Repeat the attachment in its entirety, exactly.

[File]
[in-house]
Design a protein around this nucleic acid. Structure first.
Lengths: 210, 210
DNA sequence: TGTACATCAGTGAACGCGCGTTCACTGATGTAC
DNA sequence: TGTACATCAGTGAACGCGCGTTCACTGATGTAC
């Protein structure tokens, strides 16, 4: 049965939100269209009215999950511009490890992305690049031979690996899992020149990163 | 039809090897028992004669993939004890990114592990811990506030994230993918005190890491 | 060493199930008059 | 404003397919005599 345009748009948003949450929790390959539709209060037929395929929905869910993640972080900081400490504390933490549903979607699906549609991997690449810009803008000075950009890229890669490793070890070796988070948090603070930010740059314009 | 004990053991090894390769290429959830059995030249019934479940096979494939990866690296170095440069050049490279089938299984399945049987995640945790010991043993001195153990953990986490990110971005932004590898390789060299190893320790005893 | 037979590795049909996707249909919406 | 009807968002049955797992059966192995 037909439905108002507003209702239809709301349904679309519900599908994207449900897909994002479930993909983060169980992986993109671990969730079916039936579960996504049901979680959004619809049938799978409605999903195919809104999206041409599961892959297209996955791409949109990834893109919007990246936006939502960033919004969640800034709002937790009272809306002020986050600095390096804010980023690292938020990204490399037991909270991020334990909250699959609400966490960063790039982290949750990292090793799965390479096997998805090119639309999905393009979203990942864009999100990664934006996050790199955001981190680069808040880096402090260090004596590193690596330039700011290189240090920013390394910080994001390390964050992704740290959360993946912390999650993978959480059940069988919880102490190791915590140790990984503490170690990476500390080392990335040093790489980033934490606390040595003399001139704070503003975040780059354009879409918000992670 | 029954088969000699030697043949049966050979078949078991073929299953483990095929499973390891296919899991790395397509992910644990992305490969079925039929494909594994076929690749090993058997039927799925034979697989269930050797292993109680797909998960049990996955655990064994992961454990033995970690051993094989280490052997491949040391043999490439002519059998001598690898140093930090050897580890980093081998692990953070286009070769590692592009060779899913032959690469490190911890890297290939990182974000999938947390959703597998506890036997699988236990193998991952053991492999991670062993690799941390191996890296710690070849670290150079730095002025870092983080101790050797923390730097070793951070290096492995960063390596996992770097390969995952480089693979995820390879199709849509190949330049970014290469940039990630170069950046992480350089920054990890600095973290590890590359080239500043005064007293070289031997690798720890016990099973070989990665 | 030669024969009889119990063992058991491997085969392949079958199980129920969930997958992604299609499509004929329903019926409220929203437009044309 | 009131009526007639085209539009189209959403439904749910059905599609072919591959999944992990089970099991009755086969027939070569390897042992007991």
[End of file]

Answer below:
[in-house]
Design a protein around this nucleic acid. Structure first.
Lengths: 210, 210
DNA sequence: TGTACATCAGTGAACGCGCGTTCACTGATGTAC
DNA sequence: TGTACATCAGTGAACGCGCGTTCACTGATGTAC
């Protein structure tokens, strides 16, 4: 049965939100269209009215999950511009490890992305690049031979690996899992020149990163 | 039809090897028992004669993939004890990114592990811990506030994230993918005190890491 | 060493199930008059 | 404003397919005599 345009748009948003949450929790390959539709209060037929395929929905869910993640972080900081400490504390933490549903979607699906549609991997690449810009803008000075950009890229890669490793070890070796988070948090603070930010740059314009 | 004990053991090894390769290429959830059995030249019934479940096979494939990866690296170095440069050049490279089938299984399945049987995640945790010991043993001195153990953990986490990110971005932004590898390789060299190893320790005893 | 037979590795049909996707249909919406 | 009807968002049955797992059966192995 037909439905108002507003209702239809709301349904679309519900599908994207449900897909994002479930993909983060169980992986993109671990969730079916039936579960996504049901979680959004619809049938799978409605999903195919809104999206041409599961892959297209996955791409949109990834893109919007990246936006939502960033919004969640800034709002937790009272809306002020986050600095390096804010980023690292938020990204490399037991909270991020334990909250699959609400966490960063790039982290949750990292090793799965390479096997998805090119639309999905393009979203990942864009999100990664934006996050790199955001981190680069808040880096402090260090004596590193690596330039700011290189240090920013390394910080994001390390964050992704740290959360993946912390999650993978959480059940069988919880102490190791915590140790990984503490170690990476500390080392990335040093790489980033934490606390040595003399001139704070503003975040780059354009879409918000992670 | 029954088969000699030697043949049966050979078949078991073929299953483990095929499973390891296919899991790395397509992910644990992305490969079925039929494909594994076929690749090993058997039927799925034979697989269930050797292993109680797909998960049990996955655990064994992961454990033995970690051993094989280490052997491949040391043999490439002519059998001598690898140093930090050897580890980093081998692990953070286009070769590692592009060779899913032959690469490190911890890297290939990182974000999938947390959703597998506890036997699988236990193998991952053991492999991670062993690799941390191996890296710690070849670290150079730095002025870092983080101790050797923390730097070793951070290096492995960063390596996992770097390969995952480089693979995820390879199709849509190949330049970014290469940039990630170069950046992480350089920054990890600095973290590890590359080239500043005064007293070289031997690798720890016990099973070989990665 | 030669024969009889119990063992058991491997085969392949079958199980129920969930997958992604299609499509004929329903019926409220929203437009044309 | 009131009526007639085209539009189209959403439904749910059905599609072919591959999944992990089970099991009755086969027939070569390897042992007991």